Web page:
Friday, July 1, 2022

Next on the rank

The McGurk family tags calves at birth and use weaning weights to rank the performance of their breeding cows. While some cows remain in the herd for up to 12 years, their rank dictates the order in which cows are culled. The McGurks also cull any cows that lose a calf, dry heifers, and for age. Cows are cared for to ensure they have condition to get back into calf next season, but the McGurks are also mindful of ensuring they run an efficient herd that can help maintain pasture for breeding ewes and lambs.

John and Linda McGurk farm in conjunction with their eldest son Brent. They run a 135-strong Simmental-South Devon cow herd, including in-calf rising two-year-old heifers. Calving is usually about 90%.

Yearling heifers are mated to a Saler bull and averaged413kg when they went to the bull on November 1 last year, but John said it had been an exceptional season.

Hoggets and single lambs at weaning time January 4, 2004.

Their calves are weaned quite early, in mid-January, between 195kg and 207kg to keep condition on heifers and ensure they get back in calf. Calves born to the cows are weaned in mid-March; steers average about 250kg, and heifers 235kg.

Calving paddocks are shut up from May 20. The mixed-age cows calve next to 10ha of saved grass. As they calve, cows and calves are shed on to saved pastures, where they spend seven to 10 days before being spread out among the twinning ewes. Heifers calve on a similar system, but are given more room after calving before being spread out among ewe hoggets and their lambs.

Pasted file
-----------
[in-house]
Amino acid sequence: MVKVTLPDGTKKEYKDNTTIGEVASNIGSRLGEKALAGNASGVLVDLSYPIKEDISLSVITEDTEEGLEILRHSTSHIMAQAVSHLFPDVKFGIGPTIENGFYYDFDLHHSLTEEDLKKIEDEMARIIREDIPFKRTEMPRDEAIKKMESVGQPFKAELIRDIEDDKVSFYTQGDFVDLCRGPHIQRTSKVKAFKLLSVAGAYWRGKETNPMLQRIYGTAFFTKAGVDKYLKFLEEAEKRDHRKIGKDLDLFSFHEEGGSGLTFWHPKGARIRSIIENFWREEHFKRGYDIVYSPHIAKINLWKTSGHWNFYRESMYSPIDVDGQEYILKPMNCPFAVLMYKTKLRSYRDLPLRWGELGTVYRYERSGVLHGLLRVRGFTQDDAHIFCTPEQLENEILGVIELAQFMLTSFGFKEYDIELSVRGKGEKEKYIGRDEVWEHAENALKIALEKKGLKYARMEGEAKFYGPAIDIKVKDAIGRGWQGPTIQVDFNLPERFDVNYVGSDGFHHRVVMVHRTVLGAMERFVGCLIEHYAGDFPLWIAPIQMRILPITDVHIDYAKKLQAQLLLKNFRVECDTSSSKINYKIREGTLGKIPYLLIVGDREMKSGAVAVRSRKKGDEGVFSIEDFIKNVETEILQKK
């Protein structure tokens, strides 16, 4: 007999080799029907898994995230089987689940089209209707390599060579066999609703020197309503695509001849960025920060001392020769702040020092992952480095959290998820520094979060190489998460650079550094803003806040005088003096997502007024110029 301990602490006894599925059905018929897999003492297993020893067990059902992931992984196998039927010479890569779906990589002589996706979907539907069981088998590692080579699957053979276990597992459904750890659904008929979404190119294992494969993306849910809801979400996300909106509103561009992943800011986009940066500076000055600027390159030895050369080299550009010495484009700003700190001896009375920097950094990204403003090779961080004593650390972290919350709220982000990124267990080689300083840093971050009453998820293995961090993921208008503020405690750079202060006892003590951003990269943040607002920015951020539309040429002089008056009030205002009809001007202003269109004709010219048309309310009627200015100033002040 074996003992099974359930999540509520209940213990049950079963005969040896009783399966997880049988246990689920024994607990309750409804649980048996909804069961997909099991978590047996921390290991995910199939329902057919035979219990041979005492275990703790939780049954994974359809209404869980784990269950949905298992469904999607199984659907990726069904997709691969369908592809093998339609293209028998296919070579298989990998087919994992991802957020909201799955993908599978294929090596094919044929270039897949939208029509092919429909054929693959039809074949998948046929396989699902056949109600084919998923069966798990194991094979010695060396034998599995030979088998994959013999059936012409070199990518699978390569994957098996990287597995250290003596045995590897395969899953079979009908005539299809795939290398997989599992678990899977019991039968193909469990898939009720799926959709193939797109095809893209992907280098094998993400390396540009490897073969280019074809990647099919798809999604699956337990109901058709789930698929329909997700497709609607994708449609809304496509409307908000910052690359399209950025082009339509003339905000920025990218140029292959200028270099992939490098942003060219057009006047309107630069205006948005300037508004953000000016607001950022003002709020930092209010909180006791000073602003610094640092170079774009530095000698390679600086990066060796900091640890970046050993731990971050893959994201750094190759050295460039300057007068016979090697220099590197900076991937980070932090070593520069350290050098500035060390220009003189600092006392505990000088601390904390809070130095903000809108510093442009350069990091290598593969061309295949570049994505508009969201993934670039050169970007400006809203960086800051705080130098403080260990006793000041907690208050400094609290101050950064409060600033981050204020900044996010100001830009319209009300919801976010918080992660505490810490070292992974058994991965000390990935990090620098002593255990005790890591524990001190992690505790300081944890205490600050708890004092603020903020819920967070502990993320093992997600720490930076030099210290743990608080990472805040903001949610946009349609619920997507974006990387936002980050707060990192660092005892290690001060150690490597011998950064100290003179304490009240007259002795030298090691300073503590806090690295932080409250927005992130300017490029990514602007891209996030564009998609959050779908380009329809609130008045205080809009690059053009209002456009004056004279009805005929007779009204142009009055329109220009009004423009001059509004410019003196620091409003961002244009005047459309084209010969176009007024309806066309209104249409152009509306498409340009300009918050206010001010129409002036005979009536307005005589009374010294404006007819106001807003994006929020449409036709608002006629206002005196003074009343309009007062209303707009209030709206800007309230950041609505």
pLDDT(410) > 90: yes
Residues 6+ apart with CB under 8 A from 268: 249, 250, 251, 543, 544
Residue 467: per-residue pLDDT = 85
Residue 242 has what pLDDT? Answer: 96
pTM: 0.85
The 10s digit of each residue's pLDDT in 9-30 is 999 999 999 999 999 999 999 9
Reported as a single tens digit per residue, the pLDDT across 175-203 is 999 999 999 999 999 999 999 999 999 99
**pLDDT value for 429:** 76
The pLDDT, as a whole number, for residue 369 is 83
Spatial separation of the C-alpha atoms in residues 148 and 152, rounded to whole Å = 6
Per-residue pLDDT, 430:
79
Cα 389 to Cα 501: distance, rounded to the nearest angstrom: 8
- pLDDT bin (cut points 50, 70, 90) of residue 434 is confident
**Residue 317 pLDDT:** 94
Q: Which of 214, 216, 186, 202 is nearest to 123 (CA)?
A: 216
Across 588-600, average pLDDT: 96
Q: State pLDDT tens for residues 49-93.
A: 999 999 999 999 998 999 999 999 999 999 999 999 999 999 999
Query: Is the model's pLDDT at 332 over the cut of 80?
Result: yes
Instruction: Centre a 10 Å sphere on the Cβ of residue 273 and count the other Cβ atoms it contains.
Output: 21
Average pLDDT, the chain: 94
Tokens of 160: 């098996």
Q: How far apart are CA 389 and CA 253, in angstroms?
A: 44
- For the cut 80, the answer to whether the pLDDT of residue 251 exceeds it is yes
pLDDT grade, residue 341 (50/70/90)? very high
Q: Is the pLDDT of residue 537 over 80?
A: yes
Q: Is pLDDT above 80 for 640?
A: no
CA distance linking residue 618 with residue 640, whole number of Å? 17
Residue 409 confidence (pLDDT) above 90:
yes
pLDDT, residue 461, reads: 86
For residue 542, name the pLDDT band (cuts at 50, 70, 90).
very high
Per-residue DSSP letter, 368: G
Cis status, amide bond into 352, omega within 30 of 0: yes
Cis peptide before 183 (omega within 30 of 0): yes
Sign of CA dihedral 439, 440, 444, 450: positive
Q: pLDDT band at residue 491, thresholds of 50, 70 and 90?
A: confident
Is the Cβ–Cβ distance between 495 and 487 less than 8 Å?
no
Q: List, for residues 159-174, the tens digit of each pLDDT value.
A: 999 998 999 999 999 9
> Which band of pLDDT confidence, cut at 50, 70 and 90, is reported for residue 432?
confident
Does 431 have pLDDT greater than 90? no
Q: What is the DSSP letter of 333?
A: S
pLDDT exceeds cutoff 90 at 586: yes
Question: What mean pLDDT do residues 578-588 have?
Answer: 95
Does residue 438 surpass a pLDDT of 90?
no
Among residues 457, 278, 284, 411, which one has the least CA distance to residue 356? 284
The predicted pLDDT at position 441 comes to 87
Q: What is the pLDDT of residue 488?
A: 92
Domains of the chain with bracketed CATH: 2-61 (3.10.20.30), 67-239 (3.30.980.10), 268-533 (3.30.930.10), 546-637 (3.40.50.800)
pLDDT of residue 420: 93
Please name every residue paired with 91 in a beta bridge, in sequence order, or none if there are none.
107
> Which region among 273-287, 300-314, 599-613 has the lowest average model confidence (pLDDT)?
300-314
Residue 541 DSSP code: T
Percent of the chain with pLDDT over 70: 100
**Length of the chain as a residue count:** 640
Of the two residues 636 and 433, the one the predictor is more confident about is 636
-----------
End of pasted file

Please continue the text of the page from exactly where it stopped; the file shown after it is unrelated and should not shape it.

John said having those saved pastures during and after calving helped reduce risk of metabolic problems and provided good nutrition for cows before they were put back to work maintaining pasture among ewes and lambs.

Weaner cattle are drenched every six weeks.

On their previous farm at Ohuka, calves were left entire and killed before their second winter between 280kg and 300kg, heifers between 220kg and 240kg.

Since moving to the Ruakituri Valley, the McGurks have opted to send half their weaners out for grazing in June (although they went in April this year due to drought).

This allows more grass to be carried through to winter for the sheep.

Weaners remain at grazing until they are sold store, mostly privately, before their second winter, although some of the heifers are sent for processing.

John said paying for grazing was proving viable and they still made a margin of $200 to $250 an animal.

The McGurks enjoy farming cattle, but John said sheep made about $40/su more, so it made sense to graze cattle out and have a higher ratio of sheep.

They might look at buying their own cattle finishing block in the future, which could provide a semi-retirement option for John and Linda.

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